By Stephen Young
By Stephen Young
By Stephen Young
By Jim Schutze
By Rachel Watts
By Lauren Drewes Daniels
More than six hours after the ants were first seen on Taylor, a nurse's aid reported finding dead fire ants in Taylor's pubic hair. Tears were streaming down Taylor's face. Osborn got the call.
"When I walked in, she had the look on her face that I knew something was wrong," Osborn says. "I kind of looked around, and she was sitting in a chair, and they had her feet propped up, and I threw back the blanket that they had on her because I was looking at her arms and her legs to see where the ants had bit her. I couldn't find any.
"I was looking, and I threw the blanket back and saw they didn't have a diaper on her, and I cannot tell you the horror that I felt when I saw where she had been bitten and what they looked like at this point. Of course I immediately hugged her, and I was just in tears when I saw what had happened to her, and then after I consoled her, and then I just flew out of the room and I went down to find the director of nursing.
"I said, 'A couple of ants, what are you talking about?' They made light of the situation. I said, 'Have you seen it?' I asked the nurse. They were just as nonchalant about it as you could possibly be.
"From the time they had seen them, they had festered, they had pus in them and she [the supervisor] was very shocked herself," Osborn says. "She admitted to me, yes, it's much worse than what she'd seen earlier.
"I can't tell you how upset I was. There were hundreds and hundreds of bites...she could not call for help, and she could not move. To me that is inhumane."
Joy Taylor could rarely talk, but she was alive and aware of her surroundings, Osborn says. She winced when pricked with a needle and occasionally spoke to her daughters and nursing home workers.
Carolyn Osborn says she's not an emotional person, but in the telling of finding her mother and going home after the attack, she sniffles and becomes teary.
"I can't even tell you what it was like that night. I came home; my sister and I cried and talked on the phone for hours. I was so upset."
After the attack, Taylor's physical condition rapidly deteriorated, Osborn says.
"I saw her immediately go down after she was stung by the ants. I'm not saying she didn't have some problems--she was 90 years old," she says. "But she was holding her own as well as she could, and for months there she was doing fine. As far as her taking a turn for the worse, she definitely took a turn for the worse after the attack."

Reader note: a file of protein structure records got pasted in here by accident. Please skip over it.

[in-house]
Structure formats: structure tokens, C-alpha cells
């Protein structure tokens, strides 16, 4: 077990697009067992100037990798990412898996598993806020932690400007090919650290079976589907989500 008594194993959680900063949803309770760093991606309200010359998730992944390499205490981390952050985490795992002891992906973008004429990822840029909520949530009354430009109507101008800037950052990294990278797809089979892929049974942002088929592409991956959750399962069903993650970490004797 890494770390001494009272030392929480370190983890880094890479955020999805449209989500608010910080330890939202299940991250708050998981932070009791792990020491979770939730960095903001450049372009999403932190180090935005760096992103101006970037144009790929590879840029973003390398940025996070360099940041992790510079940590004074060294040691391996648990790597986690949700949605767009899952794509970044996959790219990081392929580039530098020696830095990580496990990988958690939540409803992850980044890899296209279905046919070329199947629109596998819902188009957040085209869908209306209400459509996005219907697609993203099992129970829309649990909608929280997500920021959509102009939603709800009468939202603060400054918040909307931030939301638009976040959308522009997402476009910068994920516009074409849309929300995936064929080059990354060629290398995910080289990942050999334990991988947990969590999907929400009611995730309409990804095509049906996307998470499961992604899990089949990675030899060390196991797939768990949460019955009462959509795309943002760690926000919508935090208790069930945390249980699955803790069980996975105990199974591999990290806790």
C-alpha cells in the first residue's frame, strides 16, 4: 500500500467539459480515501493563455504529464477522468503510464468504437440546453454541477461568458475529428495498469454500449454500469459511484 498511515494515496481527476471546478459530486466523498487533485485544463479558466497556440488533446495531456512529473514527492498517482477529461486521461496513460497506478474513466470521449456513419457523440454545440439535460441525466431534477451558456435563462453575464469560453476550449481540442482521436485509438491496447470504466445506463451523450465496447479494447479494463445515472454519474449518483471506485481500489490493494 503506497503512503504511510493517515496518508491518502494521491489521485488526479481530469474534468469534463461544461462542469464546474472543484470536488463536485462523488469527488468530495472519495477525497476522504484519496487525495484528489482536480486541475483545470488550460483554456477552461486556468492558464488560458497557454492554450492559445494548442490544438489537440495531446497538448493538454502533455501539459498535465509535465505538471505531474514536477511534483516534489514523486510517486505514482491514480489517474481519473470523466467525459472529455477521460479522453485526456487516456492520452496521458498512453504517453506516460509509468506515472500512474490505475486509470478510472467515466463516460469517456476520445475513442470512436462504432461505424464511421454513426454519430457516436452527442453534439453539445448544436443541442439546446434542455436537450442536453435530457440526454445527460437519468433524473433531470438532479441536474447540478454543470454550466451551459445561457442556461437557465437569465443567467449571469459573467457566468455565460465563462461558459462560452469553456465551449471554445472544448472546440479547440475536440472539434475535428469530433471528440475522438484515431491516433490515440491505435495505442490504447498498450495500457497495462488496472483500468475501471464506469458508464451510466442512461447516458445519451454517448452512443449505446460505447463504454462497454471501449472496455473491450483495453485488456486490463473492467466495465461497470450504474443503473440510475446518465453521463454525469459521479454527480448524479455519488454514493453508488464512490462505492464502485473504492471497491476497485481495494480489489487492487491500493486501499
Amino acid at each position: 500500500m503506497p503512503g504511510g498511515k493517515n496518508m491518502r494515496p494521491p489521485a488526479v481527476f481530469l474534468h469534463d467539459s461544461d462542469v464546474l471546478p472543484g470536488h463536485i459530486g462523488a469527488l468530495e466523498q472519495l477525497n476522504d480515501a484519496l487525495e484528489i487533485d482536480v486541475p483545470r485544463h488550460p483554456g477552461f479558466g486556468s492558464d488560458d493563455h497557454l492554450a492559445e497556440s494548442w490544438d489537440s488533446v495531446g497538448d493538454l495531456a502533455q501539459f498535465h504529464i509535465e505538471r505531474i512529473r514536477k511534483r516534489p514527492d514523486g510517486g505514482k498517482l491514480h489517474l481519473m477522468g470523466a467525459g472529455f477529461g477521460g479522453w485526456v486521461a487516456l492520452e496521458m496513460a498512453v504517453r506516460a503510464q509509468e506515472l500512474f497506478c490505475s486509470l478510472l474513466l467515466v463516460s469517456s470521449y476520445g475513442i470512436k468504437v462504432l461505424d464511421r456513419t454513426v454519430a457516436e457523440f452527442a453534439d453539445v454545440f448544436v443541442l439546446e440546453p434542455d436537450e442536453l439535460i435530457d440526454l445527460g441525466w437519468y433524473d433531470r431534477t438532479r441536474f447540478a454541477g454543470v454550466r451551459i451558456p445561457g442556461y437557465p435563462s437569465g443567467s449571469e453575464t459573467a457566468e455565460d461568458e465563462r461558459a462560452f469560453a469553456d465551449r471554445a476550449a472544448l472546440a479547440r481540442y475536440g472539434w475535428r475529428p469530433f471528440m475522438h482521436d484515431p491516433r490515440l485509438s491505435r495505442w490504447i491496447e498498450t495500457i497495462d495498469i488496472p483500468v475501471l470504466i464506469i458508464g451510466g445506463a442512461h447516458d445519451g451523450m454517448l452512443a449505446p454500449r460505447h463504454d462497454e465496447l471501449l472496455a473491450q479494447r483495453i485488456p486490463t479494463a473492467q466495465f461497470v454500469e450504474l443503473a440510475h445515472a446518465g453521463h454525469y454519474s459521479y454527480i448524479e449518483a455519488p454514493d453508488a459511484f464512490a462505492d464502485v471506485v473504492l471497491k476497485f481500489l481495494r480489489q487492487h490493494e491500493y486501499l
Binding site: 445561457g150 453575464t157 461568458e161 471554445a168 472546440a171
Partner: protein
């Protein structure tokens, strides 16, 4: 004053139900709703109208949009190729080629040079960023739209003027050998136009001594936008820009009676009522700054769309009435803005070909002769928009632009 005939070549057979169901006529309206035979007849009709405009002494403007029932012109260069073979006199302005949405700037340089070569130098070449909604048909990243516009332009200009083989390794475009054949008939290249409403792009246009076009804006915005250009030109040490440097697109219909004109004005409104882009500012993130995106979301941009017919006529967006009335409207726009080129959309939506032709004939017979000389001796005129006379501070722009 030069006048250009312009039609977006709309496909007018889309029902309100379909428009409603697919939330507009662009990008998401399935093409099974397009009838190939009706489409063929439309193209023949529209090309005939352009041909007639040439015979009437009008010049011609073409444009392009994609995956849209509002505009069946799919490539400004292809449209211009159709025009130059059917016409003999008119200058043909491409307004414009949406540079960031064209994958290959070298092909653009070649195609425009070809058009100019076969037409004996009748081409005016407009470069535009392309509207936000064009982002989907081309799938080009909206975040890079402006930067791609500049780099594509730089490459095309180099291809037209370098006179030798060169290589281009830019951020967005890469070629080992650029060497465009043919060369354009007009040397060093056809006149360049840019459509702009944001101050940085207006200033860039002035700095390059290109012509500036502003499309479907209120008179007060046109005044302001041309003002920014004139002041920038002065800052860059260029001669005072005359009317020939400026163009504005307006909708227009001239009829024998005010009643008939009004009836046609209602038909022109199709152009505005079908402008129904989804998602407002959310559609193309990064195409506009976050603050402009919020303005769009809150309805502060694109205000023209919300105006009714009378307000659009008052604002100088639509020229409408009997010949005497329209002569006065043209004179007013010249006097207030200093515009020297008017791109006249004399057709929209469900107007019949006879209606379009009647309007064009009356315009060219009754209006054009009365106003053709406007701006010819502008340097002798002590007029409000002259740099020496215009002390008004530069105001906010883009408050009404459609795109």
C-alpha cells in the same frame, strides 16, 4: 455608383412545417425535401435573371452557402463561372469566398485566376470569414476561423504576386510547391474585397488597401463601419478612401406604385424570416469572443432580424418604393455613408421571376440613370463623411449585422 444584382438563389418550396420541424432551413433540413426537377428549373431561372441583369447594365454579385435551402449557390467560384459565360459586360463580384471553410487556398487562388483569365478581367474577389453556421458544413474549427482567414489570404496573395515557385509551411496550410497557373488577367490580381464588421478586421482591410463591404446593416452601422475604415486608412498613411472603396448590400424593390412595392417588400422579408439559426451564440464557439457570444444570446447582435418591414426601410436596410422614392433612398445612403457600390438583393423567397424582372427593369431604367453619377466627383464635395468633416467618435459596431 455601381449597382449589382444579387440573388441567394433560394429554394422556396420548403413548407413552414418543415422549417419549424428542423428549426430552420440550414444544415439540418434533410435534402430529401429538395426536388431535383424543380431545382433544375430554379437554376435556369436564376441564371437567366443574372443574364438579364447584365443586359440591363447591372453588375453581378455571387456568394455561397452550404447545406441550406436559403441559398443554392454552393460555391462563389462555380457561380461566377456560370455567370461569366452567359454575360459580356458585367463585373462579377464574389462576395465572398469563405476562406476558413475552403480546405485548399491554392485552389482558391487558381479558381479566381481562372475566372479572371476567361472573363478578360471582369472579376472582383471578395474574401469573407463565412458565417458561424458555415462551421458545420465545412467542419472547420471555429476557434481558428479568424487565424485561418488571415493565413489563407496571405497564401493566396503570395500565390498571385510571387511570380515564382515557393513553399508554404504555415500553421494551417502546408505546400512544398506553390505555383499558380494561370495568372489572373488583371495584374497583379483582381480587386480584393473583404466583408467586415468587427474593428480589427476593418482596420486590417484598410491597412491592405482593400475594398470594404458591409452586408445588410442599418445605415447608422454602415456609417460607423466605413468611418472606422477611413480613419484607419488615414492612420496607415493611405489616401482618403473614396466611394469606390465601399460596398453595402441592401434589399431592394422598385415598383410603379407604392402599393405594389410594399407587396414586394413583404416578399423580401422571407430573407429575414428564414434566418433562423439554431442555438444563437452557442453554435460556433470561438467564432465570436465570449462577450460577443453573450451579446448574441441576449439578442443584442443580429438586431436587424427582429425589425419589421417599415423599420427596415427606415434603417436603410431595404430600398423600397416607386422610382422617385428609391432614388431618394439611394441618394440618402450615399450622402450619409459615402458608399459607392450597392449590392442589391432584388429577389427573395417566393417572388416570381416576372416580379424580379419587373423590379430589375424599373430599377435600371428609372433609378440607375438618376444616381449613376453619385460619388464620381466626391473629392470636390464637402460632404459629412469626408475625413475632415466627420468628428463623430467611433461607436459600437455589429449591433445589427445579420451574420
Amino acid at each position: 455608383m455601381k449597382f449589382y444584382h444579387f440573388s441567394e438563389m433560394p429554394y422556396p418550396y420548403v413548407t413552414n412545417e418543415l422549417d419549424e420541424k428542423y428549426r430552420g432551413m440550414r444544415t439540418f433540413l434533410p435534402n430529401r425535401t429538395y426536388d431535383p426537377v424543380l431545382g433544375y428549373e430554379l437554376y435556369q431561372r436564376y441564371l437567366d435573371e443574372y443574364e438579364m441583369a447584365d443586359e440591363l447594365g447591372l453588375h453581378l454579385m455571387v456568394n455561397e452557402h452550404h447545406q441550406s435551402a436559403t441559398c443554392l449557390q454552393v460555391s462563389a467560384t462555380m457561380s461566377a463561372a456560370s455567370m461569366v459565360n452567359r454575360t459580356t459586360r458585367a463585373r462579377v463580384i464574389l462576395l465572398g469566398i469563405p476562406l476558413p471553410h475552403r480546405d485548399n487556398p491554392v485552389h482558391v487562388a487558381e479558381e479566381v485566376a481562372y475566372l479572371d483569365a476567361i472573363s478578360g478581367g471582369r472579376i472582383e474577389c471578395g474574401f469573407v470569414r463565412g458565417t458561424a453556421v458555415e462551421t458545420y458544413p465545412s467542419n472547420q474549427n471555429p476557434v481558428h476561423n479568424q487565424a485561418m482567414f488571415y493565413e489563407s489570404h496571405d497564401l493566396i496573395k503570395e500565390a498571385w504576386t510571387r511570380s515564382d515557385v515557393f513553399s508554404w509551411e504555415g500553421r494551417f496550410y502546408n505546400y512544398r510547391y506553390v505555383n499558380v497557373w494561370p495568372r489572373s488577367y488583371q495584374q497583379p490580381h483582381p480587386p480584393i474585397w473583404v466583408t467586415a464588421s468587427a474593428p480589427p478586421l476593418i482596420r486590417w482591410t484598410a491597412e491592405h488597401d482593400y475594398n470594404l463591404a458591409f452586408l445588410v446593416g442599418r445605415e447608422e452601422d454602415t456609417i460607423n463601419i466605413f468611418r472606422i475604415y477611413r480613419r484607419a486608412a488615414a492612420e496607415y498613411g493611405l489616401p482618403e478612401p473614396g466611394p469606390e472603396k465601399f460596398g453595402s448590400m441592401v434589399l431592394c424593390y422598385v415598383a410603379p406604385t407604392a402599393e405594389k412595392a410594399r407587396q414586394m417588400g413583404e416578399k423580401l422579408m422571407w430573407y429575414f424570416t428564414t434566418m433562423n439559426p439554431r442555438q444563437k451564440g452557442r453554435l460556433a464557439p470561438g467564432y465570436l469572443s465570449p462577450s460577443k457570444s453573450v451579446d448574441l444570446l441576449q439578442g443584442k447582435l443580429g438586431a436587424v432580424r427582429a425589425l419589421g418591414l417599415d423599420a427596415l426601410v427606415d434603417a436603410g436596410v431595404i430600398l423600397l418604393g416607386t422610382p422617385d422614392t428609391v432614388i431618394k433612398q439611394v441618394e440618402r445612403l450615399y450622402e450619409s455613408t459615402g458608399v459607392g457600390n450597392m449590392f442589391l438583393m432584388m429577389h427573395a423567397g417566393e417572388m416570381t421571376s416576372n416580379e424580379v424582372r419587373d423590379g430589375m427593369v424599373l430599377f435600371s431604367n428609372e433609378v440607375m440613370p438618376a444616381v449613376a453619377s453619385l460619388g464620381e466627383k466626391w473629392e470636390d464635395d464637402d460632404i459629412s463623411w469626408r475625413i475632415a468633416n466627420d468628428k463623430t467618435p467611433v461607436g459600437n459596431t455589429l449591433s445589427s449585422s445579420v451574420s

The family wanted to move Taylor right after the attack but it took them about three more weeks to find an open bed. On September 26, after being moved back to the nursing home in Bowie, Joy Taylor died. Osborn says she's convinced that the attack hastened the arrival of her death.
Schmidt, whose expertise includes the effects of insect venom, isn't familiar with Taylor's case in particular but says the fire ant toxins would typically not have affected Taylor physically for more than a few days, and he doubts her death was directly caused by the attack.
"If she lived a month, I would almost automatically say it was not directly related to the toxicity of the venom," he says.
Workers from the Texas Department of Human Services Long Term Care Regulatory branch went to the home after they heard from Osborn. They interviewed nursing home employees and told home operators that the ants would need to be eradicated within 24 hours or the facility would be closed. The state fined the home $275,000 in administrative penalties. The home, is owned and operated by Delta Health Care Services and managed by Tutera Health Care Management, a Kansas City, Missouri-based health care management company that manages about 50 nursing homes in 10 states. The latter company has not paid the state fines and is appealing the matter. No hearing date is set or apparently is being set for the appeal, a spokeswoman at the Texas Department of Human Services said. The federal regulatory agency for nursing homes proposed a $29,800 fine. The Tutera management group paid $18,500, a spokesman for the Health Care Finance Administration says. (Even though the Tutera group name was on the check to the federal government, a Tutera spokesman says Cross Timbers Inc. actually paid the fine.) The state agency also ordered all sorts of changes at the home as part of a "plan of correction." The number of staff members was supposed to be increased, patients were supposed to be cleaned regularly, and a comprehensive pest-control plan was supposed to be implemented. According to Rosemary Patterson at the Texas Department of Human Services, Cross Timbers had no other major incidents after Taylor's attack in 1998.
Joy Taylor's three children are suing Cross Timbers Care Center and the owners and managers. Carolyn Osborn says they want to send all nursing home owners the message that you cannot treat the elderly as her mother was treated. The federal fine was a joke, and the state fine is being appealed and will probably go away, she says. The lawsuit, which alleges that Taylor suffered mental anguish, physical pain, and disfigurement, names more than a half-dozen defendants including Tutera Health Care Management, Delta Health Inc., and the nursing home administrator at the time of the attack.